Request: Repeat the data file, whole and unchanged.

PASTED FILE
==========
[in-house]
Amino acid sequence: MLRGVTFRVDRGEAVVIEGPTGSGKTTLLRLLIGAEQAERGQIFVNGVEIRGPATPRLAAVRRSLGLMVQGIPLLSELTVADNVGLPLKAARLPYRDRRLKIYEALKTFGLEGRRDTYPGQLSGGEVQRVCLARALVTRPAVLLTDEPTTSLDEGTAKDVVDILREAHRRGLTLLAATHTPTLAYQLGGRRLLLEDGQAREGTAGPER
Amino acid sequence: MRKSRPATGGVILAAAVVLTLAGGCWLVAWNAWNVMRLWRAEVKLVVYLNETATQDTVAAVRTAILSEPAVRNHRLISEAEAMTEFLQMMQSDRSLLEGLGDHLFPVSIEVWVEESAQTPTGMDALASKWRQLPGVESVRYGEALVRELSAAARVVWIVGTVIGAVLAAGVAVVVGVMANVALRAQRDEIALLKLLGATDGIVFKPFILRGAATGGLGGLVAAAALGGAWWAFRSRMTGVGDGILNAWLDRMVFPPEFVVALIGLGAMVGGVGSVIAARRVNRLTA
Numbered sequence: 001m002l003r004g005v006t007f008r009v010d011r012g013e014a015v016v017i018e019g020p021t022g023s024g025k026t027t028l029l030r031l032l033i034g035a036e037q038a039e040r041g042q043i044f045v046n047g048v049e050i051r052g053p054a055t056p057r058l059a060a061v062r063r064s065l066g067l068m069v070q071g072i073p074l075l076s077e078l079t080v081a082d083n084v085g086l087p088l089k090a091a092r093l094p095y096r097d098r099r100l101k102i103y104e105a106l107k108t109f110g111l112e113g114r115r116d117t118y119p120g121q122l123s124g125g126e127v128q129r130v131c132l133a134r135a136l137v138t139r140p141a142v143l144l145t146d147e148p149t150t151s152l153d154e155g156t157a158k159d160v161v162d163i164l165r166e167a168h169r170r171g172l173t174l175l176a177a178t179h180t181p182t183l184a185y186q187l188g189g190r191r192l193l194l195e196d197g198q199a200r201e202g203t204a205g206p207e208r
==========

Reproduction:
[in-house]
Amino acid sequence: MLRGVTFRVDRGEAVVIEGPTGSGKTTLLRLLIGAEQAERGQIFVNGVEIRGPATPRLAAVRRSLGLMVQGIPLLSELTVADNVGLPLKAARLPYRDRRLKIYEALKTFGLEGRRDTYPGQLSGGEVQRVCLARALVTRPAVLLTDEPTTSLDEGTAKDVVDILREAHRRGLTLLAATHTPTLAYQLGGRRLLLEDGQAREGTAGPER
Amino acid sequence: MRKSRPATGGVILAAAVVLTLAGGCWLVAWNAWNVMRLWRAEVKLVVYLNETATQDTVAAVRTAILSEPAVRNHRLISEAEAMTEFLQMMQSDRSLLEGLGDHLFPVSIEVWVEESAQTPTGMDALASKWRQLPGVESVRYGEALVRELSAAARVVWIVGTVIGAVLAAGVAVVVGVMANVALRAQRDEIALLKLLGATDGIVFKPFILRGAATGGLGGLVAAAALGGAWWAFRSRMTGVGDGILNAWLDRMVFPPEFVVALIGLGAMVGGVGSVIAARRVNRLTA
Numbered sequence: 001m002l003r004g005v006t007f008r009v010d011r012g013e014a015v016v017i018e019g020p021t022g023s024g025k026t027t028l029l030r031l032l033i034g035a036e037q038a039e040r041g042q043i044f045v046n047g048v049e050i051r052g053p054a055t056p057r058l059a060a061v062r063r064s065l066g067l068m069v070q071g072i073p074l075l076s077e078l079t080v081a082d083n084v085g086l087p088l089k090a091a092r093l094p095y096r097d098r099r100l101k102i103y104e105a106l107k108t109f110g111l112e113g114r115r116d117t118y119p120g121q122l123s124g125g126e127v128q129r130v131c132l133a134r135a136l137v138t139r140p141a142v143l144l145t146d147e148p149t150t151s152l153d154e155g156t157a158k159d160v161v162d163i164l165r166e167a168h169r170r171g172l173t174l175l176a177a178t179h180t181p182t183l184a185y186q187l188g189g190r191r192l193l194l195e196d197g198q199a200r201e202g203t204a205g206p207e208r